Lung water in pregnancy and the early puerperium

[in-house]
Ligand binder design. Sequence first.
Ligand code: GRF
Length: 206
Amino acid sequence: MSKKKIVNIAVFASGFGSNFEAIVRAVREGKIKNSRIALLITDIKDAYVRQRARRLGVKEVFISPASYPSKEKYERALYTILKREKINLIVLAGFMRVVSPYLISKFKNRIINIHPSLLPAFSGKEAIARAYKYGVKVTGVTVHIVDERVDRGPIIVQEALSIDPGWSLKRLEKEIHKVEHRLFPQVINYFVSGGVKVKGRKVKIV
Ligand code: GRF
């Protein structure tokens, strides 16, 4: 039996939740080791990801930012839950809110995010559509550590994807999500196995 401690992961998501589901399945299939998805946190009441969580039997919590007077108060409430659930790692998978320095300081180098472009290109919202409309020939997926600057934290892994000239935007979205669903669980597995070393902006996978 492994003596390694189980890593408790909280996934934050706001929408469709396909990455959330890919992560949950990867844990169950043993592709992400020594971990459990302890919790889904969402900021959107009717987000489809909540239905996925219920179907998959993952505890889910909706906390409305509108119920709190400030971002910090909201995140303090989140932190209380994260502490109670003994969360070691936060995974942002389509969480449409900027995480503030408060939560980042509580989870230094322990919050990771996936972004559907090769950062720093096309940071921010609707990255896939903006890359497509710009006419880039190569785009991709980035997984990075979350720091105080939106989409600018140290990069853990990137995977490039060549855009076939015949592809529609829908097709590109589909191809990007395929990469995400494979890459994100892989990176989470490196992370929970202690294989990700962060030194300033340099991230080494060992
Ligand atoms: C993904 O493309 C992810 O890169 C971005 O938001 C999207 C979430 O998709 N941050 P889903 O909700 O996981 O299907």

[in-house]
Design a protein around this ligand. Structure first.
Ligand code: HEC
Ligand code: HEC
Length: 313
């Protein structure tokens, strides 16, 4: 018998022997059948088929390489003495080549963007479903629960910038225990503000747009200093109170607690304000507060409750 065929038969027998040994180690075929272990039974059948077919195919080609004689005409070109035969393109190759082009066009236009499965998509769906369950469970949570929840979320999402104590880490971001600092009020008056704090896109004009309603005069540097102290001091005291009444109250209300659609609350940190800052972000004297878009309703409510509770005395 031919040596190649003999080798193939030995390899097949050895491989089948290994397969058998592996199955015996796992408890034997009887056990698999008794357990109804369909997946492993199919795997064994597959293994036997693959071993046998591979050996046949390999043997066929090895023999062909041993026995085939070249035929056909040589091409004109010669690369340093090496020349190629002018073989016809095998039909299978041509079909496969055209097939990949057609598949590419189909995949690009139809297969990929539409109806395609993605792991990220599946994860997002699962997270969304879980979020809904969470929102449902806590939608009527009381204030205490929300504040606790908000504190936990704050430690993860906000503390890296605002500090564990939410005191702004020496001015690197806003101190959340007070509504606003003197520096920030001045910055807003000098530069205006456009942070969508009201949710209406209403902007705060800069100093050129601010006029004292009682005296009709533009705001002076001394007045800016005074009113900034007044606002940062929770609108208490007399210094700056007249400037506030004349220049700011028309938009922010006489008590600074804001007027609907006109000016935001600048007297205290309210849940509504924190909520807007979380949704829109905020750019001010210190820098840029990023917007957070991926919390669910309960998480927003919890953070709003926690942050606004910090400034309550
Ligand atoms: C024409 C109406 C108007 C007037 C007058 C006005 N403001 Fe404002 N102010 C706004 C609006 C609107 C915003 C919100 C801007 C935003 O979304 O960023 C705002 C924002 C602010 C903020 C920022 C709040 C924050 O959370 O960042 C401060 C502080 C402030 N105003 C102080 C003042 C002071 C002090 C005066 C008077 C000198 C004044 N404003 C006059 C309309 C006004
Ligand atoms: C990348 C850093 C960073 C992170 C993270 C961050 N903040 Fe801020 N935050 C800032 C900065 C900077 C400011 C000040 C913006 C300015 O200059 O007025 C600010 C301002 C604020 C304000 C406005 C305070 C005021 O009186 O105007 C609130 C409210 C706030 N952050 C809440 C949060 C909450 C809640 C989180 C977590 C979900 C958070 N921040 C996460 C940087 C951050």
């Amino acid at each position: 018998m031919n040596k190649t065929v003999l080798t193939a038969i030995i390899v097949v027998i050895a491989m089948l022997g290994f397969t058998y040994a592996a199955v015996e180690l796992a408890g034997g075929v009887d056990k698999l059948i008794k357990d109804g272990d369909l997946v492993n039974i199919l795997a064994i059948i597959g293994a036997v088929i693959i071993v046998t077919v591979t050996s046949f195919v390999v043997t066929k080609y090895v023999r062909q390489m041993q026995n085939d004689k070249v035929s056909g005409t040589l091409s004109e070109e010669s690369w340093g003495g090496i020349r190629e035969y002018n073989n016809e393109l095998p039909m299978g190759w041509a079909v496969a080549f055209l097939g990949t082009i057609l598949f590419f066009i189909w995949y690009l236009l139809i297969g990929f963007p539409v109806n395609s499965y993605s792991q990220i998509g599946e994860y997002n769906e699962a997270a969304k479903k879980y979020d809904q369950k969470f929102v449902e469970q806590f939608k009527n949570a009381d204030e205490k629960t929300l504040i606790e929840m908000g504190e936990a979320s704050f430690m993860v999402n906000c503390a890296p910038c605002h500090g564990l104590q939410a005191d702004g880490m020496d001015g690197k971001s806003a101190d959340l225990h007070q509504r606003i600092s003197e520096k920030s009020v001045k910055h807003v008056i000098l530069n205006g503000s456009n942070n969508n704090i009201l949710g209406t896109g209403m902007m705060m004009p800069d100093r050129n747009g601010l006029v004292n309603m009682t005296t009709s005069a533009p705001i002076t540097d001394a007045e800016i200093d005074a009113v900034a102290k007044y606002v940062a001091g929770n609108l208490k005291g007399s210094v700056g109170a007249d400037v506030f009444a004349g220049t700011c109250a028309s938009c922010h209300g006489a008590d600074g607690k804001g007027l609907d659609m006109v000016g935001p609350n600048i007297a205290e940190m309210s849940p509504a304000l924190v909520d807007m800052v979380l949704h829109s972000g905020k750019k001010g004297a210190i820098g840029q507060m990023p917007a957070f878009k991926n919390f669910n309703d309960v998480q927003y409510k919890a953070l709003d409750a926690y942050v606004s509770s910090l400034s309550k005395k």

Background. Today, Mendelson's syndrome (pneumonitis following the aspiration of gastric contents) is a major cause of the small, but apparently irreducible number of maternal deaths associated with anaesthesia. Previous research has been directed at the relationship between the physical characteristics of the aspirate and the severity of the ensuing pneumonitis. Prophylaxis, logically based on this knowledge has been directed at reducing the volume and increasing the pH of the stomach contents of women in labour, and at specific measures to reduce the risk of aspiration at the induction of anaesthesia. Despite this, the maternal mortality attributed to Mendelson's syndrome remains essentially unchanged. The operation of an additional, but previously unconsidered variable might explain both the apparent increase in severity of Mendelson's syndrome and the failure of prophylaxis. This thesis reports attempts to elucidate the place of lung water content in this context. Review of the literature and theoretical discussion. This falls into two distinct but inter-related categories: (a) Circumstantial evidence, already existing in the literature for lung water handling being altered in pregnancy and the puerperium, for example the reports of B2 sympathomimetics inducing pulmonary oedema when used for tocolysis. (b) A detailed review of the present understanding of the pathogenesis of pulmonary oedema, together with the alterations in maternal physiology which accompany normal pregnancy. The two have not previously been considered in conjunction. From this base it is possible to proceed to a theoretical prediction of the consequences of such common interventions as the use of intravenous fluids, oxcytocics and endotracheal intubation under light general anaesthesia. Clinical Study - Normal Primagravidae. Twenty normal primagravidae were investigated for evidence of increased lung water. Detectable increases were found in seven. There was a positive correlation with plasma volume and water turnover. Clinical Study - Pre Eclampsia. Seventeen primagravidae having a pregnancy complicated by pre eclampsia were investigated for evidence of increased lung water. Detectable increases were found in six. There was a positive correlation with fluid balance. Mouse Model. The lungs of pregnant and non pregnant MF1 mice were examined by electron microscopy to confirm and if possible elucidate the expansion of the interstitial tissue detected by the clinical study. A stereological method of point counting allowed volumetric quantification of the tissue components and measurement of surface areas and thicknesses. The results showed that in pregnant mice: (1) Total lung volume was increased but not significantly; (2) The volume and surface area of alveolar lining cells was increased; (3) Pulmonary blood volume was unchanged; (4) Capillary surface area was unchanged; (5) The interstitial compartment was expanded. Within this compartment: The cellular component was unchanged The volume of collagen was unchanged The amorphous component was enlarged Basal lamina volume was increased Appendix A. A magnetic resonance imaging method of lung water measurement was developed with the intention of using it in pregnancy but was not sufficiently sensitive for this purpose.